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    80,000 Syrians Take Refuge in Jordan

    Scott Bobb

    The Syrian government's assault on opposition strongholds is causing more and more people to flee the country. Neighboring countries such as Jordan are trying to help them, but the influx is straining limited resources.

    Early morning at this makeshift camp near Karama in the Jordan River Valley.  Some of the 80,000 Syrians who have taken refuge in Jordan have come to this farming area hoping to find work.

    Sixteen-year-old Khaled al-Ahmed arrived a few days ago, fleeing what he calls the slaughter in Idlib, northern Syria.  He wants his face hidden.  He fears for the safety of his relatives back home. He says his family is desperate.

    “There is no bread. There is no money to live on.  I want to transfer money from here to them. But I cannot because if it reaches there it is stolen. So how do you think they are living? They are starving," he said.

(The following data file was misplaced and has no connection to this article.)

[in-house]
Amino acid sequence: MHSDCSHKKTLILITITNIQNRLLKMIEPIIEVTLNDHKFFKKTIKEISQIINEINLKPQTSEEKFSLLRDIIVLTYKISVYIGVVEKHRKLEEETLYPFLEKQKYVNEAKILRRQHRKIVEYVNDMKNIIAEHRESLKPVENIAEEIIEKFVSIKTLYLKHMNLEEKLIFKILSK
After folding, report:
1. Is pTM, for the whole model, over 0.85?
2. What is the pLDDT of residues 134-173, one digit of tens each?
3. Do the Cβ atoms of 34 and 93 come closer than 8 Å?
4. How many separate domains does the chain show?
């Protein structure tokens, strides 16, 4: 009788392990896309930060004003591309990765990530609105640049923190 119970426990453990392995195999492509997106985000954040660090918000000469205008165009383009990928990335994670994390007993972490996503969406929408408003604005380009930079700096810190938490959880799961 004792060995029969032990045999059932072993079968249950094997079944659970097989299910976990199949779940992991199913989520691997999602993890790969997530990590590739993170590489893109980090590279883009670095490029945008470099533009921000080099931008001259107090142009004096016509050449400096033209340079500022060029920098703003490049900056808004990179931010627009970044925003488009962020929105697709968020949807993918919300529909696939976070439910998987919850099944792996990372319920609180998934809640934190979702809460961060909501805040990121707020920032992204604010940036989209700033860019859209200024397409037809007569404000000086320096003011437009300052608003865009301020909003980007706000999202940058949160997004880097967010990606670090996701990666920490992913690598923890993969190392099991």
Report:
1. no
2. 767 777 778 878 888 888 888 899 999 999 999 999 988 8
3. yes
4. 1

The fighting in Syria has grown increasingly deadly. The Syrian army is using tanks and artillery against rebels opposed to President Bashar al-Assad.  Civilians are bearing the brunt of the conflict, which started as mostly peaceful demonstrations against the 40-year regime of the Assad family.

    Dr. Wasfi al-Rashda heads the Irbid Specialty Hospital.  He says the condition of the refugees is deplorable but is to be expected.

    “Any refugee who leaves his homeland, who leaves his house, obviously is going to need humanitarian aid and medical care," he said.

    Many refugees receive help from the Jordanians.  A local farmer lets these people live on his land.  And the Jordanian government has donated tents and blankets. But it is not enough. This woman is ill and fainted.

    Ali Hamad arrived two months ago from Hama, central Syria. He says life in the camp is hard for the refugees. The best they can hope for is temporary jobs in the fields.

    “We are here doing nothing. If we find jobs we work just to have the basics, to survive. Clothes for the children, food, some small spending money, that's what we are asking," he said.

    Ali Hamad is engaged to 20-year-old Mariam, also from Hama. They want to get married but cannot as long as they are refugees. Mariam hopes for a peaceful resolution to the conflict.

    "God willing I will go back to Syria. God willing the war will calm down and the situation will be quiet and then I will return," he said.

    That is the hope of all of the people here.

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